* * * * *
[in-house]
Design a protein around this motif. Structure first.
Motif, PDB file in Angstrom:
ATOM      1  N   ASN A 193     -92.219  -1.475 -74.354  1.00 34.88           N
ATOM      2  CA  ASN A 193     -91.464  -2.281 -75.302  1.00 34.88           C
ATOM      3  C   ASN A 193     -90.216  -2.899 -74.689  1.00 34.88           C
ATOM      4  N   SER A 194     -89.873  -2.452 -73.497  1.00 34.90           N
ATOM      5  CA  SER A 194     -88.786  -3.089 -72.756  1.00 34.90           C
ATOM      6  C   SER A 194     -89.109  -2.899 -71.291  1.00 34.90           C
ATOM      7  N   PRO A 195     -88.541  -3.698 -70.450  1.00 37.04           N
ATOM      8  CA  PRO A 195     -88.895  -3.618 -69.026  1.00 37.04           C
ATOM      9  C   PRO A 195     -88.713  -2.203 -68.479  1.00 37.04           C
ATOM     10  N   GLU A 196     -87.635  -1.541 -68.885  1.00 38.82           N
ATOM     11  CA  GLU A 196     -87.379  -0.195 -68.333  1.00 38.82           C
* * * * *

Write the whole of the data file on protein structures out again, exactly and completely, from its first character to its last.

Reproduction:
[in-house]
Design a protein around this motif. Structure first.
Motif, PDB file in Angstrom:
ATOM      1  N   ASN A 193     -92.219  -1.475 -74.354  1.00 34.88           N
ATOM      2  CA  ASN A 193     -91.464  -2.281 -75.302  1.00 34.88           C
ATOM      3  C   ASN A 193     -90.216  -2.899 -74.689  1.00 34.88           C
ATOM      4  N   SER A 194     -89.873  -2.452 -73.497  1.00 34.90           N
ATOM      5  CA  SER A 194     -88.786  -3.089 -72.756  1.00 34.90           C
ATOM      6  C   SER A 194     -89.109  -2.899 -71.291  1.00 34.90           C
ATOM      7  N   PRO A 195     -88.541  -3.698 -70.450  1.00 37.04           N
ATOM      8  CA  PRO A 195     -88.895  -3.618 -69.026  1.00 37.04           C
ATOM      9  C   PRO A 195     -88.713  -2.203 -68.479  1.00 37.04           C
ATOM     10  N   GLU A 196     -87.635  -1.541 -68.885  1.00 38.82           N
ATOM     11  CA  GLU A 196     -87.379  -0.195 -68.333  1.00 38.82           C